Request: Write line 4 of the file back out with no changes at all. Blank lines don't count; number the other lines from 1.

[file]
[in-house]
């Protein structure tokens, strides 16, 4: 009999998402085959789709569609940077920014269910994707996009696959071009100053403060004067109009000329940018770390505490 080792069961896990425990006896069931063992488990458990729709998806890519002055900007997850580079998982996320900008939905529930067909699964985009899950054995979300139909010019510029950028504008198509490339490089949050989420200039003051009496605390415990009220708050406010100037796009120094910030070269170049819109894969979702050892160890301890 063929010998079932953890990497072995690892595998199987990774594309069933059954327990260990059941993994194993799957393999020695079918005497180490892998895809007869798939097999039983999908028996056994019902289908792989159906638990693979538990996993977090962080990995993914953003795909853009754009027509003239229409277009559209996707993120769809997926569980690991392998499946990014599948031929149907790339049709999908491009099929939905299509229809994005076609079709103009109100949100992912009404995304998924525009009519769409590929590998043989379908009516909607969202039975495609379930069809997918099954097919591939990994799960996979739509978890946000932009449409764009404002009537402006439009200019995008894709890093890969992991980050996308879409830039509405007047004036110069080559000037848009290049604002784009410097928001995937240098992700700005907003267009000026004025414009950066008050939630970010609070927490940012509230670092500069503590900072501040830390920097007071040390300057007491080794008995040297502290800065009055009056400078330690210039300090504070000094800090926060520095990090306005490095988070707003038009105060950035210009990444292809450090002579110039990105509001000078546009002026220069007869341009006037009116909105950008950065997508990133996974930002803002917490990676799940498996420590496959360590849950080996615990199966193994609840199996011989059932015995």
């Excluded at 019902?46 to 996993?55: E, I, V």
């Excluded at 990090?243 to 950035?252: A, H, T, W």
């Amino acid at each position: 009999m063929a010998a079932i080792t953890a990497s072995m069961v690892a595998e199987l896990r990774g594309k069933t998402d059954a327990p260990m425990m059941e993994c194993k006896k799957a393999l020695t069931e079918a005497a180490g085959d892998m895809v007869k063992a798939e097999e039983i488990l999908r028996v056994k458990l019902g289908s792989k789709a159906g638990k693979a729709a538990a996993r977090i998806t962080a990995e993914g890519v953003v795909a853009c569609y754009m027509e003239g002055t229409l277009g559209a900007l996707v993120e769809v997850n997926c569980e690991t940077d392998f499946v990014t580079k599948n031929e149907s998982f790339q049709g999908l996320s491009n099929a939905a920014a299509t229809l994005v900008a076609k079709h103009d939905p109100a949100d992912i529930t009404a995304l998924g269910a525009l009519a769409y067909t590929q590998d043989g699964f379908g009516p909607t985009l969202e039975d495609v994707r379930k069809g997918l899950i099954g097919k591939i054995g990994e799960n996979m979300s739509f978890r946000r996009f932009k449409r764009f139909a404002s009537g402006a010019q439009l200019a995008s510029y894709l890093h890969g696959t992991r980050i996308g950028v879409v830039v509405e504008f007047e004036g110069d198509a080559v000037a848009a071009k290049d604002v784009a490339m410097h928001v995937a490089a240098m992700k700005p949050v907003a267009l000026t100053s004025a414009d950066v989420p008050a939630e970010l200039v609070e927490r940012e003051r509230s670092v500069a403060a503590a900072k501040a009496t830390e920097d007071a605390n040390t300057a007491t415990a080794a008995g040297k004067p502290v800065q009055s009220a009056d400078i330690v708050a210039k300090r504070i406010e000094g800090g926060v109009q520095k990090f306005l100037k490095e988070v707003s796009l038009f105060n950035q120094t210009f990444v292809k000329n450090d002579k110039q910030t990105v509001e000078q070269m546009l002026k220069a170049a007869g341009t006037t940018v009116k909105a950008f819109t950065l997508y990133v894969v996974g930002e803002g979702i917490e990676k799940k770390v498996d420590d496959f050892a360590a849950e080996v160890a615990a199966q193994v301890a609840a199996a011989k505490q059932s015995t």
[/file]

């Excluded at 990090?243 to 950035?252: A, H, T, W």